History of Bruce Meyers and the Meyers Manx
Bruce grew up in California during the early days of surfing, drag racing, and hanging out at the beach. Bruce served his country during W.W.II and managed to get an aircraft carrier shot out from underneath him. After the war he sailed to the South seas and built a trading post in the Cook Islands. It was his love of sailing that got him interested in building boats.
Bruce designed and built many small catamarans, among them a 42 foot catamaran that proved to be a winner. Bruce then went on to build the tooling for even more fiberglass sailboats including the California Series designed by Bill Lapworth.
It was on Pismo Beach that he first became acquainted with "Dune Buggies". These were V8 powered "water pumpers". These machines were crude and heavy so Bruce took it upon himself to design a lightweight version that would be fun on the beach or in the wilds of Baja. After modifying a Kombi bus with wide rims (called "Little Red Riding Bus") Bruce used his expertise in boat building to design the first fiberglass bodied dune buggy.
The first 12 cars produced were monocoque bodies that had their own integral frame with VW engine and transmission (Bruce has restored and now drives old #4). These cars were expensive and difficult to produce so Bruce re- designed the body to fit on a VW shortened floorpan . As a result, the Meyers Manx started the off-road revolution by building 5,280 Manx kits and several hundred Manx II's - a total of nearly 6,000 Manx kits.
The Meyers Manx took the country by storm when magazines like Hot Rod featured the fiberglass car on their covers (it was the first picture of car jumping into the air just for the fun of it !). The Meyers Manx was so popular that other manufacturers sprung up overnight and ended up producing over 250,000 look-a-likes and near look-a-likes. Bruce tried to stop the floodgates of copies with patent infringement laws but failed to convince the courts that he had produced anything worth a patent.
The performance of the Meyers Manx was amazing ! It handled better than any other off-road vehicle and was much more fun to drive. The Manx won numerous slalom events and the Pike's Peak Hill Climb(beating Corvettes, Cobras, and most open wheel sprint cars). It set the record for traveling the length of Baja at 34 hours and 45 minutes (driven by Bruce and Ted Mangels who beat the motorcycle record by more than five hours).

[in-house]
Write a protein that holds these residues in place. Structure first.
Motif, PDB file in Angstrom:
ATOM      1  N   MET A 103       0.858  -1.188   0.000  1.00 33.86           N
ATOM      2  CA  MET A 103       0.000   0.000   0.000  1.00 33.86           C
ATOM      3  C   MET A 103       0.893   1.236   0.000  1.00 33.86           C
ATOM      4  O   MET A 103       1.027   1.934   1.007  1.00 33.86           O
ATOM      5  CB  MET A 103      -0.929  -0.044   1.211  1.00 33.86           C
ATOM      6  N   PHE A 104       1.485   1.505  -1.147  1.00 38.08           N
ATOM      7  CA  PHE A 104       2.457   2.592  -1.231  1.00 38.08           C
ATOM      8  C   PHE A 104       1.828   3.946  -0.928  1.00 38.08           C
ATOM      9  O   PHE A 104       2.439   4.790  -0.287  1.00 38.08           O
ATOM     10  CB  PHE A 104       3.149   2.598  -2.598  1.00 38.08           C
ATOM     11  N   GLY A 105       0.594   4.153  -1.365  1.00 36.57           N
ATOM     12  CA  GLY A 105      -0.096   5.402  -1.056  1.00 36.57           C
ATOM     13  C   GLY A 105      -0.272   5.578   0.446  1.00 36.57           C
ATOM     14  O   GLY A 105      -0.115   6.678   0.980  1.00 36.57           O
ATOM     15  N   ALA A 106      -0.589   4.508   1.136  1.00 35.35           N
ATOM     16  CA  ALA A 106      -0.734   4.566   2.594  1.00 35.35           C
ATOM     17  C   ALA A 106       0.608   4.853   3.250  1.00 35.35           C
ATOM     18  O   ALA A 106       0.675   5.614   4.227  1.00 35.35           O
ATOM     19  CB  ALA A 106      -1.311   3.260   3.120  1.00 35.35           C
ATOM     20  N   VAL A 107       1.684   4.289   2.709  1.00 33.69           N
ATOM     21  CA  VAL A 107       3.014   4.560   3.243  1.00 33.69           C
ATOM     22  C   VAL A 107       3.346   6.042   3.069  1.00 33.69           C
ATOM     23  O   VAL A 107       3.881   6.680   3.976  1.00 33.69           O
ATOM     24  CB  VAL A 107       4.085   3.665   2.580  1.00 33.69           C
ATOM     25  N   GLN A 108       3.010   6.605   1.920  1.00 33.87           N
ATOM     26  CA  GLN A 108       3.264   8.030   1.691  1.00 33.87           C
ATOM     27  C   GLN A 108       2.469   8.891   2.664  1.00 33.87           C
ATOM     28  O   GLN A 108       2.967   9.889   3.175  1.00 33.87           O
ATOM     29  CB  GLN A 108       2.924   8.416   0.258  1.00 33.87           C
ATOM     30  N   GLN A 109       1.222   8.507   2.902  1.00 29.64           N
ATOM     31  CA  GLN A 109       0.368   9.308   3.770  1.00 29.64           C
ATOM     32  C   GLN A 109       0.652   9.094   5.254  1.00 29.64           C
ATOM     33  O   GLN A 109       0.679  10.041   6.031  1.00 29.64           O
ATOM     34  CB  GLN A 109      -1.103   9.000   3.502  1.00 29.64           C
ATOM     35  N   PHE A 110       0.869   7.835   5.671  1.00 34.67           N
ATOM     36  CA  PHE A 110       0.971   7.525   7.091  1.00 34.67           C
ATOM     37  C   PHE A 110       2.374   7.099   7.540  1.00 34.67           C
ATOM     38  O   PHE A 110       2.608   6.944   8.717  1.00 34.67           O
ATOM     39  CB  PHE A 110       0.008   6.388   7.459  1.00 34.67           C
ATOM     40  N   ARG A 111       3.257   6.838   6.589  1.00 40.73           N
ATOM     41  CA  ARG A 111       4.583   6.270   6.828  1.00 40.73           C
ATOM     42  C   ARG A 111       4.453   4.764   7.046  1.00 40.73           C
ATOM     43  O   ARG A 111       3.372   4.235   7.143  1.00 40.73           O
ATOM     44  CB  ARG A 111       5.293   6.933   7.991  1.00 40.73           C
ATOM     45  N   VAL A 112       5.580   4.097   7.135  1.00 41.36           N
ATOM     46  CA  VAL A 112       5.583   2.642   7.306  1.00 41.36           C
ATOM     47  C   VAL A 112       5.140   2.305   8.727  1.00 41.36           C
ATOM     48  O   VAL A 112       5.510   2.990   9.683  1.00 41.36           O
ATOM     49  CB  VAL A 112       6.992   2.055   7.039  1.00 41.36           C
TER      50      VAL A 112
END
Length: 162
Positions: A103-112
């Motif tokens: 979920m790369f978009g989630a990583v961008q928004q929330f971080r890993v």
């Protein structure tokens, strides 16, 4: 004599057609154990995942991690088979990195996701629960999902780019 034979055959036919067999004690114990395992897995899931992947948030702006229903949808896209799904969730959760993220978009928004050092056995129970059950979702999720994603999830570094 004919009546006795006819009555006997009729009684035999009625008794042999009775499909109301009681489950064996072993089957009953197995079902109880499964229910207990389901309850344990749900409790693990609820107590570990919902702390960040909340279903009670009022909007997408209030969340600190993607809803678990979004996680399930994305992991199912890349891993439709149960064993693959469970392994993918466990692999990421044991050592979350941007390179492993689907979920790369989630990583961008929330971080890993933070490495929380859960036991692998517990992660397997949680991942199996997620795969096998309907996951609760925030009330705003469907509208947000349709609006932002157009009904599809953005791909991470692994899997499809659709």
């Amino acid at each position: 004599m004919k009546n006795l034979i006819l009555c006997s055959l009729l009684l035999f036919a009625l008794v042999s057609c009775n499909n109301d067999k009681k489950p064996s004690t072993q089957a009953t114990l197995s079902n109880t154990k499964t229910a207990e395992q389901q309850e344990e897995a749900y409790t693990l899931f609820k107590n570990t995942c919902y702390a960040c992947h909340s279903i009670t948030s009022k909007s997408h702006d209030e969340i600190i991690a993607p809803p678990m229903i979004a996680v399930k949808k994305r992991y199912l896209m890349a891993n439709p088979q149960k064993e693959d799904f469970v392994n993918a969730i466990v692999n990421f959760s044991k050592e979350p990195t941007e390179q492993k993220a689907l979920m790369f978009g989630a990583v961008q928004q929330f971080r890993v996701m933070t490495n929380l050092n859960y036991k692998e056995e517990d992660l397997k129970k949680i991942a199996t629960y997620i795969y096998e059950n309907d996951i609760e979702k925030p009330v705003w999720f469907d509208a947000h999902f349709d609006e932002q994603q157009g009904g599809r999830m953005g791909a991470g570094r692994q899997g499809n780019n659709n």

The Meyers company went on to produce the Tow'd for off-road use only. It was an attempt to short circuit the Manx copy cats but had production problems and never really caught on (about 850 kits sold). The body was smaller and lighter then the Manx built on a custom frame. Bruce raced the Tow'd in the second Baja 1000 and ended by crashing and breaking both legs.
The next product of the company was the Meyers Manx S.R. (Street Roadster). This car was designed for the street only and possessed a sleek aerodynamic shape. It was built to fit on the same shortened VW floorpan as the original Manx to keep the great handing characteristics. The car had thirteen fiberglass and many metal pieces . There were 400 to 600 of these kits sold.
The Resorter/Turista was also produced by the company to provide a 4 seat version of the Manx. The Resorter had lower sides for easier entrance and exit. The car was originally produced for hotel chains to carry tourists. Bruce was not fond of the shape and claimed the sight of it gave him the "touristas" ("Montezuma Revenge").
A few Utility cars were produced that included vehicles for the Lifeguards of Los Angeles County and the rangers of the Forest Service. The cars were equipped with flat rear bed for hauling gear which required the use of a VW "pancake" engine.
The last vehicle in the Manx fleet is the Kublewagon . This car is designed to be a replica of the German Desert Staff car of WWII and is built on a full length floorpan. This car was featured in an issue for Hot VW's last year. Sadly, there was only one of these cars built. The total number of kits of all types and completed cars was about 7,000.
The Meyers Manx company went out of business in 1971 due to the strains of fighting the cheap imitations of the copiers , the loss of the patent infringement case, and the tax demands of the I.R.S.